Case - Ashby and ors v. Birmingham City Council

[2011] EWHC 424 (QB), Queen's Bench Division - Louise Chudleigh
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The appellant employees (E) appealed against a county court decision striking out their equal pay claims against the respondent local authority.

E were women, former home carers or home helpers, who were employed by the local authority until dates between July 2003 and January 2006. They claimed that the statutory equality clause implied by the Equal Pay Act 1970 s.2 operated to vary their contracts to give them an entitlement to bonuses and higher rates of basic pay paid to male comparators whom they alleged were employed on work rated as equivalent or of equal value to theirs. They claimed damages for breach of contract for the shortfall between their pay and that of their comparators for the period of six years up to the termination of their employment. Their evidence was that they were unaware of the alleged disparity in pay structures between men and women until 2008 by which time it would have been too late to bring proceedings in the employment tribunal. Thus they brought proceedings in the county court. The local authority applied to strike out the claims and the county court judge held that the claims "could more conveniently be disposed of separately by an employment tribunal" within s.2(3) and struck them out.

E submitted that, in deciding whether it was more convenient for a claim to be disposed of in the employment tribunal, regard should be had to the particular claim and it could not be more convenient for a claim to be heard in the employment tribunal if all that the tribunal could do would be to say that it could not hear it.

HELD: (1) The juridical basis for the right of a claimant to equal pay pursuant to the 1970 Act was contractual, Levez v TH Jennings (Harlow Pools) Ltd (No.2) [1999] 3 C.M.L.R. 715 and Sodexo Ltd v Gutridge [2009] I.C.R. 70 considered. Claims for equal pay could be brought in the ordinary courts or in the employment tribunal. The general contractual jurisdiction of the High Court and the county court was not excluded (see paras 48-49 of judgment). (2) The power conferred on a court by the second part of s.2(3) to refer to an employment tribunal a question as to the operation of an equality clause suggested that proceedings including such claims were suitable for determination in the courts, Abdulla v Birmingham City Council [2010] EWHC 3303 (QB), [2011] I.R.L.R. 309 considered. Complex as well as straightforward issues could be referred for determination by an employment tribunal. If equal pay cases were to be struck out in the courts because they raised complex issues that would result in the shorter limitation period in employment tribunal claims applying to complex claims and the more generous six-year limitation period applying to straightforward cases (para.53). (3) A court considering whether to strike out an equal pay claim or counterclaim under s.2(3) engaged in a two-stage process. First it would decide whether the claim could more conveniently be disposed of separately by an employment tribunal. If the court concluded that the claim could be more conveniently disposed of separately by an employment tribunal it would decide whether to exercise its discretion to strike out the claim (para.55). (4) The county court judge's decision was based on the conclusion that in general, equal pay claims were more conveniently dealt with in employment tribunals. Section 2(3) required a consideration of the convenience of disposal of the particular cases before the court. The judge wrongly failed to consider which issues in the proceedings before him were likely to be contentious and in which forum those would be best resolved (paras 63-65). (5) The inability of E to commence proceedings before an employment tribunal could be a factor affecting the convenience of the tribunal as a forum or affecting the judge's discretionary decision to strike out such claims in the county court, but was not determinative. The reasons why proceedings had not been issued in the employment tribunal in time would be relevant to the decision under s.2(3). The judge had erred in failing to make findings as to the reasons why E did not issue timely proceedings in the employment tribunal and whether they acted reasonably in failing to do so (paras 71-77). (6) The principles formulated in relation to forum non conveniens provided useful guidance to the proper construction and application of s.2(3), Spiliada Maritime Corp v Cansulex Ltd (The Spiliada) [1987] A.C. 460 applied. The court should consider whether the claim would be tried more suitably in the employment tribunal in the interests of the parties and the ends of justice. Applying that approach, practical justice would require the reason for not commencing employment tribunal proceedings to be taken into account. If not presenting such proceedings was reasonable, the interests of justice were likely to be served by enabling E to continue litigating in a forum which had jurisdiction to hear their claims. The decision to strike out E's claims under s.2(3) was set aside (paras 56-61, 66, 78, 81).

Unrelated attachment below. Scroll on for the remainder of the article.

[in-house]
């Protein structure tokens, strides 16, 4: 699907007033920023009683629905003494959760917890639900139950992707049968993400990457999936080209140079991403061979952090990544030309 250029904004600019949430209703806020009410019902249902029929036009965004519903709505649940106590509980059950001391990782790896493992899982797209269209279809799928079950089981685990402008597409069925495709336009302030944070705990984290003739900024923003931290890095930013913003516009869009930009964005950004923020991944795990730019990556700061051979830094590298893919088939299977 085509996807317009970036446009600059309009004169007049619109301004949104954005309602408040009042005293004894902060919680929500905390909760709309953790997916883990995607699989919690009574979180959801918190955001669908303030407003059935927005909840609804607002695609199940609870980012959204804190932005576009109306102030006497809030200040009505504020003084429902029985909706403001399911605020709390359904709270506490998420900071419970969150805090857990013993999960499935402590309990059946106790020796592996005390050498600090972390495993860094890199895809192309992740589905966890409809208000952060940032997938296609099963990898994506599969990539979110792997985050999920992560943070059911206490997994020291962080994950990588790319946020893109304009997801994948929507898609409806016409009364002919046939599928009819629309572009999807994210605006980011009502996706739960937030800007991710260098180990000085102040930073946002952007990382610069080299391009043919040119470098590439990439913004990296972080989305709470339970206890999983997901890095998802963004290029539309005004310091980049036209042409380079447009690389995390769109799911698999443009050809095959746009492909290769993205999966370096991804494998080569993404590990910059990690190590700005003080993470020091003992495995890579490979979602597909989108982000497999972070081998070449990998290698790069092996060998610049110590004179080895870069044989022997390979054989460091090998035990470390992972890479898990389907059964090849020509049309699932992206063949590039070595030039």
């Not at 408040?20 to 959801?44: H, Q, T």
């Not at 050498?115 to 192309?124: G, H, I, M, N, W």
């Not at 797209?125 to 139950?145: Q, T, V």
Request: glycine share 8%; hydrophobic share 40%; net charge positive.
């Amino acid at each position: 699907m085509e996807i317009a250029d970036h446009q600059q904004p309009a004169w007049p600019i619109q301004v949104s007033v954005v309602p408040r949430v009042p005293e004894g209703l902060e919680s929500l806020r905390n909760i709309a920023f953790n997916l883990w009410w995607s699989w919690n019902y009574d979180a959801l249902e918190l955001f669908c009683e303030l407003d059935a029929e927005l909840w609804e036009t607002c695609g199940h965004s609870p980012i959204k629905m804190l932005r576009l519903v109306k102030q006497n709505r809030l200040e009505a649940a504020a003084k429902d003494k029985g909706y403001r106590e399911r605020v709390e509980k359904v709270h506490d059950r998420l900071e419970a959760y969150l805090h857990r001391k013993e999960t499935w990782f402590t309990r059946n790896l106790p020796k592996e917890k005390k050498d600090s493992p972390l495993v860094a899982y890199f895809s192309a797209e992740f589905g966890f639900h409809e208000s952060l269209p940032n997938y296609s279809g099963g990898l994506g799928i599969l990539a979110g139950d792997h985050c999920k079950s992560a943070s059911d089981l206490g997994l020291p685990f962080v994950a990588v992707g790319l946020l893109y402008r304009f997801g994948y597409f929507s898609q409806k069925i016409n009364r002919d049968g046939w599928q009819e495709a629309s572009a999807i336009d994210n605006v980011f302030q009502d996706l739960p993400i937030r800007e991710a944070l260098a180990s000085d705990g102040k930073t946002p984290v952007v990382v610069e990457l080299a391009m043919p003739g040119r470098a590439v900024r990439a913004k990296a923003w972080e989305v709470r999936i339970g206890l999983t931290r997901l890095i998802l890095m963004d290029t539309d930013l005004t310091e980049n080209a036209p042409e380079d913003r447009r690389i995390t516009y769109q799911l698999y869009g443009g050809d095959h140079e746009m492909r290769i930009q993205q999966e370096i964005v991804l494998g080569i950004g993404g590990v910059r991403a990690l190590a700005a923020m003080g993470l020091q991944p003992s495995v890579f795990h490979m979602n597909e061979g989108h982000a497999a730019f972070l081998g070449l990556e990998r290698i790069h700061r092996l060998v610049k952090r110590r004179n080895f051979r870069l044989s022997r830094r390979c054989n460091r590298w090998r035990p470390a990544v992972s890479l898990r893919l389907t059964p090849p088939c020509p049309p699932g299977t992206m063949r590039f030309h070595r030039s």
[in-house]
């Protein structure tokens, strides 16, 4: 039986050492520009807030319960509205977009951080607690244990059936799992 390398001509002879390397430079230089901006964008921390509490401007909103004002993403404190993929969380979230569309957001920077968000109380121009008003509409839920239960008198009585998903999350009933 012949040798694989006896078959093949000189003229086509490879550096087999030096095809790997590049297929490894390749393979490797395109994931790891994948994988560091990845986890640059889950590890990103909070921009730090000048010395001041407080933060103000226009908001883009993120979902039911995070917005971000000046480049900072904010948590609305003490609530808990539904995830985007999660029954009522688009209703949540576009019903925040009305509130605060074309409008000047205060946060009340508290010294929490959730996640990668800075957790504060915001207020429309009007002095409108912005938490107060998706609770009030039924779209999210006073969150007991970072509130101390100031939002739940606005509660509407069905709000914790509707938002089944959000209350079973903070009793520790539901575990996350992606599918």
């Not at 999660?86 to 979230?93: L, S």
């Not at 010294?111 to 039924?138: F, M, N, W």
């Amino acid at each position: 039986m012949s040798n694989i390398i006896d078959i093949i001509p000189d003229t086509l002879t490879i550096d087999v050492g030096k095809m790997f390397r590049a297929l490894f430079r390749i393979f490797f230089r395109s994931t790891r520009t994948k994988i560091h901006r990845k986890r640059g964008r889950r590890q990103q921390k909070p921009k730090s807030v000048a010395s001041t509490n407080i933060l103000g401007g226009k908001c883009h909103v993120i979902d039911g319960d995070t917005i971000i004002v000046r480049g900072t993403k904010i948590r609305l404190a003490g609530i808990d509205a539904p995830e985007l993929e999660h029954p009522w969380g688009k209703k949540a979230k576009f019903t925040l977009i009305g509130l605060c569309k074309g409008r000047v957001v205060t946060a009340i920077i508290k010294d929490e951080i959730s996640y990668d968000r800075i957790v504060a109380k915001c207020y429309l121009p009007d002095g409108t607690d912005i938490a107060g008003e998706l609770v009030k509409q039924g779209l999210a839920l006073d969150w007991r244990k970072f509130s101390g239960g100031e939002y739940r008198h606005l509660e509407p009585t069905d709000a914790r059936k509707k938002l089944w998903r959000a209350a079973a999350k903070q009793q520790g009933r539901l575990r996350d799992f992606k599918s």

Appeal allowed.

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